Friday, 24 May 2013

May Contain Language ...

Well done Emma Pursshouse for organising the second Audlem Poetry Slam at The Bridge Inn last night. Apparently the organisers of the village’s music and arts festival needed some convincing when she suggested they hold a slam last year. Was the sleepy canalside village ready for a gritty, urban spoken-word attitude-fest?

It must have been because they hosted a second at The Bridge Inn and the place was heaving. Some 13 poets competed for an impressive trophy (which looked rather like a double-glazing sample) and a £50 prize ... or for the sheer fun of hearing the sound of their own voice ...

‘Come and have a go if you think you’re bard enough,’ came the challenge from Emma’s flyer.

And there was some ‘bard’ stuff in there too, it has to be said, alongside some truly scintillating performances. I’ve done plenty of readings but it was the first slam I’d entered and I was impressed. Ok, I didn’t make it through to the second heat but with 8.4 for both writing and performance and 8.6 for audience reaction, I was happy with the scores. That wasn’t the point though. The point was taking apart and watching some accomplished performance poets in action. Those that got to the closing heats were very, very good indeed. It would be churlish to single them out but Ben – you were brilliant.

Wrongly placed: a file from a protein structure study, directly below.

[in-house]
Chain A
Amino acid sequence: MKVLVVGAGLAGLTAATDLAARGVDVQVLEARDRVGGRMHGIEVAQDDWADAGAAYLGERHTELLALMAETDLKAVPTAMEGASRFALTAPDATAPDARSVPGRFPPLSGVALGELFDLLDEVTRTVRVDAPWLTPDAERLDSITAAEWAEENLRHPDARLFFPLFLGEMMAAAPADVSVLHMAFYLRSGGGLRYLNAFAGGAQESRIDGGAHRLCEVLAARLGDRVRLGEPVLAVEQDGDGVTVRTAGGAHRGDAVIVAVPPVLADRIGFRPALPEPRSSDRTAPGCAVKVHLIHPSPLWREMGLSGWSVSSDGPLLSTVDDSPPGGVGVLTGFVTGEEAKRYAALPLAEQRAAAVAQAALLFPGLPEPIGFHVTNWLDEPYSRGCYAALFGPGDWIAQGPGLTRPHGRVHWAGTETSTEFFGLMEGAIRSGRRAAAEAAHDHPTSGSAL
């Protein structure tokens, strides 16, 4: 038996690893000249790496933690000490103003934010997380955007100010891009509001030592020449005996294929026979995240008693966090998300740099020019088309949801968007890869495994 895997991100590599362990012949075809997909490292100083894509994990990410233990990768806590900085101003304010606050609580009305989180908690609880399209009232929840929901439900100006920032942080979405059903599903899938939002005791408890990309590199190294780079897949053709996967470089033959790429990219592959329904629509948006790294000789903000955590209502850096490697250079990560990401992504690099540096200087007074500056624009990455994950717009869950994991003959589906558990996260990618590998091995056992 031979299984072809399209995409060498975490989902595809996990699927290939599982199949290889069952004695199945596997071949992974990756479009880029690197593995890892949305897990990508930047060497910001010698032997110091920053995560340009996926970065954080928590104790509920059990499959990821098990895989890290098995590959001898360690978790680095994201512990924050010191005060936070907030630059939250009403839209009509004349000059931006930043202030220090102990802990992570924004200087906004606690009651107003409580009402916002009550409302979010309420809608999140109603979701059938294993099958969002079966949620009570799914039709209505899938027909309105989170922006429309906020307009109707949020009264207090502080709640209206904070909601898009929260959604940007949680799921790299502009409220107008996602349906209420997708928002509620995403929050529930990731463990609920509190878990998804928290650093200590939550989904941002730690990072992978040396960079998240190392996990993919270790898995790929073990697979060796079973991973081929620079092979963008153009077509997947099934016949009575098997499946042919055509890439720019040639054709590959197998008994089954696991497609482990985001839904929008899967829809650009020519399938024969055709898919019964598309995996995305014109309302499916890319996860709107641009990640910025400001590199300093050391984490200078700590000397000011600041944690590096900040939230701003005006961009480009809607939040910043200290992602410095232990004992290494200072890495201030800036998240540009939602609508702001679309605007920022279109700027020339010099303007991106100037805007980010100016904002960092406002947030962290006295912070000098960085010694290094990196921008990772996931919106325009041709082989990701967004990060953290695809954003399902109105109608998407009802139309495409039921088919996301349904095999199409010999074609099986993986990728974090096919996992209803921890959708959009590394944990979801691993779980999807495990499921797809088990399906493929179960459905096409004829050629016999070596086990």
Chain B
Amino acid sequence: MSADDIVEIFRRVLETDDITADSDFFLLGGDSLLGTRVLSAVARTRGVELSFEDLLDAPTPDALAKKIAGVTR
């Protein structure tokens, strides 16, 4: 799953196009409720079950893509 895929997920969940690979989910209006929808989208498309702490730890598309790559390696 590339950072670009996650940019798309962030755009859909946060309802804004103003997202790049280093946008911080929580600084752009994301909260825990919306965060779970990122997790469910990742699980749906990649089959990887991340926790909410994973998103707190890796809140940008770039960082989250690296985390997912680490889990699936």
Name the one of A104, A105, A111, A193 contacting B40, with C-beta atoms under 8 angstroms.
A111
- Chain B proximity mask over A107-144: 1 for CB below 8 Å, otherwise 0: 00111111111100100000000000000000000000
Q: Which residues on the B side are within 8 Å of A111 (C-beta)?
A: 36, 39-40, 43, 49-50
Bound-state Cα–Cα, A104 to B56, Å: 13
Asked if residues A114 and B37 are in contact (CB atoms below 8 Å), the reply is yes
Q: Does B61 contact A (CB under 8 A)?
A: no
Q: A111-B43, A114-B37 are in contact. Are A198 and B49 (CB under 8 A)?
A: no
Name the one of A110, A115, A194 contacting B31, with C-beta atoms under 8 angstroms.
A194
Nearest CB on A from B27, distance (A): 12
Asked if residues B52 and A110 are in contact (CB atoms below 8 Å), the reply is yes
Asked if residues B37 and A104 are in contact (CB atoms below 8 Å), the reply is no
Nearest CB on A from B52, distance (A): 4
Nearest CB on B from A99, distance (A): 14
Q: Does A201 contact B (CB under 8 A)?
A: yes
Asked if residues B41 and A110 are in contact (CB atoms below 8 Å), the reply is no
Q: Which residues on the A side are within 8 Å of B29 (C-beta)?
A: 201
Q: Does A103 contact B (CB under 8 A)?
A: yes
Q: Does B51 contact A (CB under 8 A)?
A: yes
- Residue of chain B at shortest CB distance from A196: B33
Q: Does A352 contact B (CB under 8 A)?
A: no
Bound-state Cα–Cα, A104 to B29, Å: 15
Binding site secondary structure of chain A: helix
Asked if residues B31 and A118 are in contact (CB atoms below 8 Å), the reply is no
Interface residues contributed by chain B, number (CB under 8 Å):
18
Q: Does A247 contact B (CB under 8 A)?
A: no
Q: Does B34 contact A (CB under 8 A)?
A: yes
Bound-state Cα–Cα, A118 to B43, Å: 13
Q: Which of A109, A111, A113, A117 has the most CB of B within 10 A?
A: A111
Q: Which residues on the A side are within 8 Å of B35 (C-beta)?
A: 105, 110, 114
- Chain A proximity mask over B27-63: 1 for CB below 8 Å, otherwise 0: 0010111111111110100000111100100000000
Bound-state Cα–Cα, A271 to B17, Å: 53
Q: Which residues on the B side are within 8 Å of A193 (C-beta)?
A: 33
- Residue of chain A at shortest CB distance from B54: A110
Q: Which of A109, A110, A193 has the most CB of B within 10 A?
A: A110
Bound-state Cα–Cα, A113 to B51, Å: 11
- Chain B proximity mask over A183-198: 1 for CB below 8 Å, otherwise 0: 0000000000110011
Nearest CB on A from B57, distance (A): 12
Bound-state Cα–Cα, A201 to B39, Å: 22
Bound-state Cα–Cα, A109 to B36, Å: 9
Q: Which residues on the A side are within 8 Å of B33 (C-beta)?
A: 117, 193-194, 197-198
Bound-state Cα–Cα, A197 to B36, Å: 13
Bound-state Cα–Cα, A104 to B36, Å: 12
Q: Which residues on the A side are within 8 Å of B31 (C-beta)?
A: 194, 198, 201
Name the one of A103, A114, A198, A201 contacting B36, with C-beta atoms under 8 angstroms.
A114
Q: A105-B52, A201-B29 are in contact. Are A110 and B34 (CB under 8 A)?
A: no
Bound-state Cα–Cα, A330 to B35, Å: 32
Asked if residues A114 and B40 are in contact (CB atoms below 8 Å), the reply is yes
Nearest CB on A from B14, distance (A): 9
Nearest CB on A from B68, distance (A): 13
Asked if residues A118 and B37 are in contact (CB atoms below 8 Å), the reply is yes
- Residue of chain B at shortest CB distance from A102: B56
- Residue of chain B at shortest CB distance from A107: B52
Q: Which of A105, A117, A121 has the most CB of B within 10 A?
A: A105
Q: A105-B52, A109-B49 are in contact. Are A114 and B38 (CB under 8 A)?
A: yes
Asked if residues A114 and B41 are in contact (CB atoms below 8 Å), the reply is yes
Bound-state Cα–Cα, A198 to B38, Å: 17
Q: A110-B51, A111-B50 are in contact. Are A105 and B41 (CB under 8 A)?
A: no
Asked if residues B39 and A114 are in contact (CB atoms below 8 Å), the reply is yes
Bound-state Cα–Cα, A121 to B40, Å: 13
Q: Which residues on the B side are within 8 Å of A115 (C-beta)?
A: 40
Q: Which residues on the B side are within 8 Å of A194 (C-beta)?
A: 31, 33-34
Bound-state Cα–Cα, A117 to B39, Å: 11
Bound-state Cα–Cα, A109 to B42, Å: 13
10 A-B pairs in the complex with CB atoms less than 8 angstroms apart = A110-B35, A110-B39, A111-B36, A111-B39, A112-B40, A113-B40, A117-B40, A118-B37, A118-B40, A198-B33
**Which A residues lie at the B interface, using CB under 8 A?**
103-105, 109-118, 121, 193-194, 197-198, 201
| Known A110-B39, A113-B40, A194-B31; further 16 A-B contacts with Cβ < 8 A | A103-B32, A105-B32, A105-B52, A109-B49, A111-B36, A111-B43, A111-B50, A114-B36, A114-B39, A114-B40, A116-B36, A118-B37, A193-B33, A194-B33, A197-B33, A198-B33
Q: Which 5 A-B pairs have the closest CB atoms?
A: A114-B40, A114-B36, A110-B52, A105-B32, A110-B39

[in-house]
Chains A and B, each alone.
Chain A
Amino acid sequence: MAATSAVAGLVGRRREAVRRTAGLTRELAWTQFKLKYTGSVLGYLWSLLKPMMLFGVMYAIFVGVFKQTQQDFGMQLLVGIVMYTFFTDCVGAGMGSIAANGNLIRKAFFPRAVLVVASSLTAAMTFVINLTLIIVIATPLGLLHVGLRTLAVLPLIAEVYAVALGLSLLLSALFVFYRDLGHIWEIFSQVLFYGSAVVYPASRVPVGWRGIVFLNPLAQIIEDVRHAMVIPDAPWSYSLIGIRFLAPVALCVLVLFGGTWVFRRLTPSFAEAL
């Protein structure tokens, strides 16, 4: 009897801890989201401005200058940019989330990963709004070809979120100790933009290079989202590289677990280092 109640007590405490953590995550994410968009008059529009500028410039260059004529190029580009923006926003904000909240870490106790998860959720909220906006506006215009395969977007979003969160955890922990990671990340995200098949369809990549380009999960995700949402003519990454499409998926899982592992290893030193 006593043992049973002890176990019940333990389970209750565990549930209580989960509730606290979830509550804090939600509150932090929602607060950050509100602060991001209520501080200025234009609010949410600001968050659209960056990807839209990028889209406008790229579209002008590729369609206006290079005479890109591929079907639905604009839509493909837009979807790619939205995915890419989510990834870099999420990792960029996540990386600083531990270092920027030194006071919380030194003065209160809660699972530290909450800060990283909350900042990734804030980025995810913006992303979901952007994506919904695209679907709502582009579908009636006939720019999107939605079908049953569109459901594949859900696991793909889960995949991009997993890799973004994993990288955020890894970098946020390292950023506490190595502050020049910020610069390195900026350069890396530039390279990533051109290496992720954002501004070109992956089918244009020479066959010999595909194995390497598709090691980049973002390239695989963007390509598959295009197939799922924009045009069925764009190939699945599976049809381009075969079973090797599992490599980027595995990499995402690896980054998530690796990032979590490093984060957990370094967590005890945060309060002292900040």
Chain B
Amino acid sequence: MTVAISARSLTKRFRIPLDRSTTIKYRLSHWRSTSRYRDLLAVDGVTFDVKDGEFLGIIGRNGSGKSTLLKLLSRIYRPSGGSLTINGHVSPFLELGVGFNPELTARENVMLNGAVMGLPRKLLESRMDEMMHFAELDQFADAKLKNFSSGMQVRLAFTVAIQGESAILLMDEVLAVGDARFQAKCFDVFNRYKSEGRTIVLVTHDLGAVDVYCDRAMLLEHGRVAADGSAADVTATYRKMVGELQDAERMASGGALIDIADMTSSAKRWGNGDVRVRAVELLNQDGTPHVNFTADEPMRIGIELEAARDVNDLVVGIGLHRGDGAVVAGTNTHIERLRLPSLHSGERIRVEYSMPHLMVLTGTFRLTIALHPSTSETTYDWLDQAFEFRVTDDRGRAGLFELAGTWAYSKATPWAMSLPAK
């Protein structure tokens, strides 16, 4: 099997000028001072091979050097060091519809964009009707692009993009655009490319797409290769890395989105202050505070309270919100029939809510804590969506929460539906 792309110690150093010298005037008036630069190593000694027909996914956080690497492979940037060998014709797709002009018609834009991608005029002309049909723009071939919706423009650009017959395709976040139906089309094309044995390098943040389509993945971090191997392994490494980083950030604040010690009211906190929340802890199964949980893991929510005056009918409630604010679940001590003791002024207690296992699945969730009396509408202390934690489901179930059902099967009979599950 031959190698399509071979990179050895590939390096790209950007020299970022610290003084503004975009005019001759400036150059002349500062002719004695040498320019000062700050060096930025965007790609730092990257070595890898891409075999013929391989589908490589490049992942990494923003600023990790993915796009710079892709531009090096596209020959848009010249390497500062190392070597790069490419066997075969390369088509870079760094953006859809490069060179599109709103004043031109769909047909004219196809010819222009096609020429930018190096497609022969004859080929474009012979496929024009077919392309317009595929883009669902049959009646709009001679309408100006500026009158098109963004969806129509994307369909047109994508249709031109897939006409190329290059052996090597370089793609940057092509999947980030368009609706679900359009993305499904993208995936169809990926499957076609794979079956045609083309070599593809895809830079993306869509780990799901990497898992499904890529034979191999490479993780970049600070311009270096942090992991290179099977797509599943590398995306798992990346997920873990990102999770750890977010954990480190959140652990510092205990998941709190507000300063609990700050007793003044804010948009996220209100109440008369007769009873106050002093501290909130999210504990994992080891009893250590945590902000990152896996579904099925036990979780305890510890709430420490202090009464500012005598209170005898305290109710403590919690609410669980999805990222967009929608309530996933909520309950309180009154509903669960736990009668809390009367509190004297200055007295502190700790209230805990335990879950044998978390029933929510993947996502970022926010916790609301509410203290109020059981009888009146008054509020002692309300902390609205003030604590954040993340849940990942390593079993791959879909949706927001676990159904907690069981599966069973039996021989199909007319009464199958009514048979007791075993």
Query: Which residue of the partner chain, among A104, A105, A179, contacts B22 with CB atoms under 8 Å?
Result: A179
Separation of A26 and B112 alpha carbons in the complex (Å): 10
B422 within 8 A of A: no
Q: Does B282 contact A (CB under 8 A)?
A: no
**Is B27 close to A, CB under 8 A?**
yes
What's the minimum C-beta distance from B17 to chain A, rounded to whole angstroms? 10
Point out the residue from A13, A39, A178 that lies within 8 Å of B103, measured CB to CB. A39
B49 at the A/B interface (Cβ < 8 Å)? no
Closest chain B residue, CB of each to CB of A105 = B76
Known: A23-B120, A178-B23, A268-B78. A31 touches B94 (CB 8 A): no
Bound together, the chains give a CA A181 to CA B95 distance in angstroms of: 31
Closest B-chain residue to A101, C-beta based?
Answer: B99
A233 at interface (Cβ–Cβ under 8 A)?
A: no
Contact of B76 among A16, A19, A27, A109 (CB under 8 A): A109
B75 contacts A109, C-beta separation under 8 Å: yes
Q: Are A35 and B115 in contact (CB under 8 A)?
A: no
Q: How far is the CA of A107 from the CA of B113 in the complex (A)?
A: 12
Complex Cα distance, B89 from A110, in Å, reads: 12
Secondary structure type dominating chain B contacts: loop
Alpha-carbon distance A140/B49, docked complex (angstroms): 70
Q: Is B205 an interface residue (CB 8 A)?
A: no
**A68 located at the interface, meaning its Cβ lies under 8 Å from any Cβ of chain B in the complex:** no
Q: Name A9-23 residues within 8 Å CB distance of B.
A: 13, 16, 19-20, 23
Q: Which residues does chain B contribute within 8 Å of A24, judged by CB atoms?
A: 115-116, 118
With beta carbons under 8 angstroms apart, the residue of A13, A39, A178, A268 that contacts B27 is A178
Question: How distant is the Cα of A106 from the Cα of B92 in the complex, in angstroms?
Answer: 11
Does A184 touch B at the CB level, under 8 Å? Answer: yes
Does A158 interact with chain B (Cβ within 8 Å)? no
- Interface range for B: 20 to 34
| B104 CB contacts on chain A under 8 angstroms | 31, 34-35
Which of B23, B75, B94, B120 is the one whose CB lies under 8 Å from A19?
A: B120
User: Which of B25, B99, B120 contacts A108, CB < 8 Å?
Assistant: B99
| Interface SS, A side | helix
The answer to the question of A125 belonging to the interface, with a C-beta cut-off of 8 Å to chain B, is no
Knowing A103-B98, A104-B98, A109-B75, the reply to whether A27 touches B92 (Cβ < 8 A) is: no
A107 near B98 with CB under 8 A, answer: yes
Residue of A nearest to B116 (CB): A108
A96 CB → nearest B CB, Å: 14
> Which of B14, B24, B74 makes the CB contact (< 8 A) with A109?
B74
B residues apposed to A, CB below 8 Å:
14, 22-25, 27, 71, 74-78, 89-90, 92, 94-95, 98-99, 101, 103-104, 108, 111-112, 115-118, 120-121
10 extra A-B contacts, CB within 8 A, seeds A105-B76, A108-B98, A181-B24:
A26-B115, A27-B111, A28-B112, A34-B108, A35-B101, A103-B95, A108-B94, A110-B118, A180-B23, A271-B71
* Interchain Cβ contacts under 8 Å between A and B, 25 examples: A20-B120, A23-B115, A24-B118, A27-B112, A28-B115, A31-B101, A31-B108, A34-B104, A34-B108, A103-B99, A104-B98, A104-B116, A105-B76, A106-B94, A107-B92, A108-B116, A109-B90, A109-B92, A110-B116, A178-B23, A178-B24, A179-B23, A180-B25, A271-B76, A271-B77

There were some cool and sassy performers, over from Stoke or up from the Midlands. They were up against blue-rinse local talent (poems about Amy Johnson, charity fundraising and WI type subjects) and somehow the rural/urban mix worked, somehow it all gelled. Perhaps we’ve all come of age. Perhaps performance is a melting pot. Who’d have thought that Audlem would ever host a poetry slam? Still less that the winner would be an openly gay performance poet whose repertoire included a tenderly romantic poem addressed his boyfriend (a fellow performer)?

There were ‘ahhhs’ and ‘ooohs’ and ‘oh, that’s nice ...’ from the blue-rinse set as he performed this piece. Very accomplished and moving it was too. When I got home the sense of a ‘disconnect’ was increased when I found Ian Paisley Jnr railing at Peter Tatchell on Question Time.

‘Ulster,’ I thought, ‘Take a look at Audlem. Take a leaf out of their book.’